Amid chaos, family brings Haitian boy home - East Valley Tribune: News

Amid chaos, family brings Haitian boy home

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Posted: Sunday, January 31, 2010 12:37 pm | Updated: 3:33 am, Sat Oct 8, 2011.

Three stressful years filled with legal snags, violent food riots in Haiti and a devastating earthquake that forever changed the poor Caribbean country couldn’t keep the Gorackes from bringing their little 7-year-old boy home.

Jason and Heather Goracke always wanted to adopt. The couple had their own biological son, Brayden, who is now 8 and in the second grade at Gilbert’s Rancho Solano Private School.

But the family was not complete. They began researching, hoping to find an older child from a country where the need was greatest.

The search led to Haiti, and then to Russia. That was September 2006.

After the Gorackes saw a picture of a sweet little Haitian boy, they fell in love with his smile and his big, brown eyes. They started the adoption process for Evens Paul, his birth name, though the family calls him Evens.

At the same time, the Gorackes were able to adopt 18-month-old JT from Russia in January 2007. However, that process was much easier and only took six months.

The family visited Haiti three times. In March 2007, Jason Goracke visited the orphanage in Petionville, a suburb of Port-au-Prince, where Evens Paul lived. He remembers the little boy being very shy, but he still gave Jason a hug. They spent three days together.

“Right away he said, 'That’s my dad,’” said Goracke, 36, an electrical contractor who graduated from Chandler High School.

The family kept in touch with Evens Paul through phone calls, and they sent him packages from home.

In April 2008, Jason, Heather and Brayden visited Evens Paul as a family for the first time. When they stepped off the plane, they knew something wasn’t right. Haiti was in the middle of food riots. The boy was tossed into the car and the family was driven to a nearby hotel for safety.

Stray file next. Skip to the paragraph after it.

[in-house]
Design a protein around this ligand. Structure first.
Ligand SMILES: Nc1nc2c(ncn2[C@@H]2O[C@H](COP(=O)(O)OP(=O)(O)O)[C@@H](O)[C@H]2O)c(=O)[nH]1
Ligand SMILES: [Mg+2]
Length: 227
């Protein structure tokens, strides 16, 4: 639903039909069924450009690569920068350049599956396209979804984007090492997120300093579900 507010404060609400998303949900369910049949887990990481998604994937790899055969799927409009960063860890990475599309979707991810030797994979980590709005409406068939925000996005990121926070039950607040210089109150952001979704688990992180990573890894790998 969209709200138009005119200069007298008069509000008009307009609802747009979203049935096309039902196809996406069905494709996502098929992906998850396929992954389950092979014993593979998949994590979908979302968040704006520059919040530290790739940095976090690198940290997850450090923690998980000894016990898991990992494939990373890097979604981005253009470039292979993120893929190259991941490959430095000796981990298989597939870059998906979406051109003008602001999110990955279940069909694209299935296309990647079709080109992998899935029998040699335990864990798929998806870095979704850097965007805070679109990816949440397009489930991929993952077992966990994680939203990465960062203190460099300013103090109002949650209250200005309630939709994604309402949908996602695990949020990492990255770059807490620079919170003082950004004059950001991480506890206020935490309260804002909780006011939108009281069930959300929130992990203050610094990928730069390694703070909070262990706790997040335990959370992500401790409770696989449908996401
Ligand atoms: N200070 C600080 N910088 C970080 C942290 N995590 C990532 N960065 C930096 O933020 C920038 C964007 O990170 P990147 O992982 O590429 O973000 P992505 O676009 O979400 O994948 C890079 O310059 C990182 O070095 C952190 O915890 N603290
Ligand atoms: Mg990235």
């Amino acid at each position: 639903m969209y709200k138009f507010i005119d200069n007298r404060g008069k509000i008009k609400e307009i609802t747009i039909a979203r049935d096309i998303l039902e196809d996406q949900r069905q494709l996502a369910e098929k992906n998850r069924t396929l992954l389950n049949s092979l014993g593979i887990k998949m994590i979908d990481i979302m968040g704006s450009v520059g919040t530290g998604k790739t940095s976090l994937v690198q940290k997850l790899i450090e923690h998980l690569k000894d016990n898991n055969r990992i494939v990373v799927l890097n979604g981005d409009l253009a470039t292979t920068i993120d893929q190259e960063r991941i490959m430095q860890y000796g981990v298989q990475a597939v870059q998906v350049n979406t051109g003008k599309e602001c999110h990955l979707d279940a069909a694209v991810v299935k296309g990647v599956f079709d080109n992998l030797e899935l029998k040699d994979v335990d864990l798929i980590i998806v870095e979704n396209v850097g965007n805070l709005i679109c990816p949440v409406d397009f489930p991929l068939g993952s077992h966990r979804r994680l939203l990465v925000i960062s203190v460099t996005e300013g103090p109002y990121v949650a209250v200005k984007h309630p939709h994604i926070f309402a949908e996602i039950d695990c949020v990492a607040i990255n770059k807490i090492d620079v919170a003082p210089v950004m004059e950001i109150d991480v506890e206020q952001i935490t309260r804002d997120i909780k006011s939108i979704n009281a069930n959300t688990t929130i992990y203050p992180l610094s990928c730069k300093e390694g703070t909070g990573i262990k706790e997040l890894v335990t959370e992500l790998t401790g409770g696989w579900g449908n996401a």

“We saw tanks zooming by. I didn’t know what was going on,” said Heather Goracke, 37, a real estate broker and a Gilbert High School graduate. “He (Evens Paul) grabbed my hand and held it tight. He felt comfortable enough, even though he was afraid and knew something was going on.”

Despite the chaos, the couple was able to introduce Brayden to Evens Paul, and the two became instant friends. The family was able to spend a week together while shielding the boys from the riots around them.

“Brayden and Evens played soccer, swam and got along great. There was an instant connection,” Heather said.

“It was difficult to leave. We were taking home one boy, but leaving one boy there. It was awful. I couldn’t stop crying.”

A NEW LAW AND A MAJOR CATASTROPHE

In September 2009, Jason went back to Haiti to sign adoption paperwork. However, the presidency of the county had changed and re-enacted a law the previous July. It said that if a family has a biological child already, it can’t adopt a Haitian child without the president’s signature.

An already long process became even more difficult.

Jason Goracke was told by the adoption agency that the family was close to taking Evens Paul home. They just needed the adoption decree.

However, Jan. 12, the day after their Haitian lawyer was supposed to be in court for the decree, a catastrophic earthquake of magnitude 7.0 on the Richter scale rocked the country. They haven’t heard from the lawyer since and are not sure if he is alive.